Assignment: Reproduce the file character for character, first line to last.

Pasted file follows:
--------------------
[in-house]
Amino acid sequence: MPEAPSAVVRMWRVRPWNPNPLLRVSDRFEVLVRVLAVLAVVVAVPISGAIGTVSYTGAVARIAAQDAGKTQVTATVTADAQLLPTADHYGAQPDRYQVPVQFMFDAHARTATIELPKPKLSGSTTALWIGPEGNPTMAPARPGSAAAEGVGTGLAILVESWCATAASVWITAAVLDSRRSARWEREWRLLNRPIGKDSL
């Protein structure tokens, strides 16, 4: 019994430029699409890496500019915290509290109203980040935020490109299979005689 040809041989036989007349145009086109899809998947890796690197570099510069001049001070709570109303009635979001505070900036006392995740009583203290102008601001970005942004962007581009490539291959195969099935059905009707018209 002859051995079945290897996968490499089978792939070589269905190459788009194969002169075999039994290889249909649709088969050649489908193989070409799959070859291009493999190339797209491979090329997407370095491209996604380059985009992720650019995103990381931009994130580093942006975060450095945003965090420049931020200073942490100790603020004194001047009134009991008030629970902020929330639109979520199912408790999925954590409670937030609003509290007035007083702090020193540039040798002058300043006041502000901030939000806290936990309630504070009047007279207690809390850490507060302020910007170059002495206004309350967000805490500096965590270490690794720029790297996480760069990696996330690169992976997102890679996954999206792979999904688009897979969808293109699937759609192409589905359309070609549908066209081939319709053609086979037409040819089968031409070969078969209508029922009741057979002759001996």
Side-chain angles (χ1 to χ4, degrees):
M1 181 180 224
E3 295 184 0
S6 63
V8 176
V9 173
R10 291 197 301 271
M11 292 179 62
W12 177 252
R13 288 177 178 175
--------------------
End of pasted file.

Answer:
[in-house]
Amino acid sequence: MPEAPSAVVRMWRVRPWNPNPLLRVSDRFEVLVRVLAVLAVVVAVPISGAIGTVSYTGAVARIAAQDAGKTQVTATVTADAQLLPTADHYGAQPDRYQVPVQFMFDAHARTATIELPKPKLSGSTTALWIGPEGNPTMAPARPGSAAAEGVGTGLAILVESWCATAASVWITAAVLDSRRSARWEREWRLLNRPIGKDSL
């Protein structure tokens, strides 16, 4: 019994430029699409890496500019915290509290109203980040935020490109299979005689 040809041989036989007349145009086109899809998947890796690197570099510069001049001070709570109303009635979001505070900036006392995740009583203290102008601001970005942004962007581009490539291959195969099935059905009707018209 002859051995079945290897996968490499089978792939070589269905190459788009194969002169075999039994290889249909649709088969050649489908193989070409799959070859291009493999190339797209491979090329997407370095491209996604380059985009992720650019995103990381931009994130580093942006975060450095945003965090420049931020200073942490100790603020004194001047009134009991008030629970902020929330639109979520199912408790999925954590409670937030609003509290007035007083702090020193540039040798002058300043006041502000901030939000806290936990309630504070009047007279207690809390850490507060302020910007170059002495206004309350967000805490500096965590270490690794720029790297996480760069990696996330690169992976997102890679996954999206792979999904688009897979969808293109699937759609192409589905359309070609549908066209081939319709053609086979037409040819089968031409070969078969209508029922009741057979002759001996």
Side-chain angles (χ1 to χ4, degrees):
M1 181 180 224
E3 295 184 0
S6 63
V8 176
V9 173
R10 291 197 301 271
M11 292 179 62
W12 177 252
R13 288 177 178 175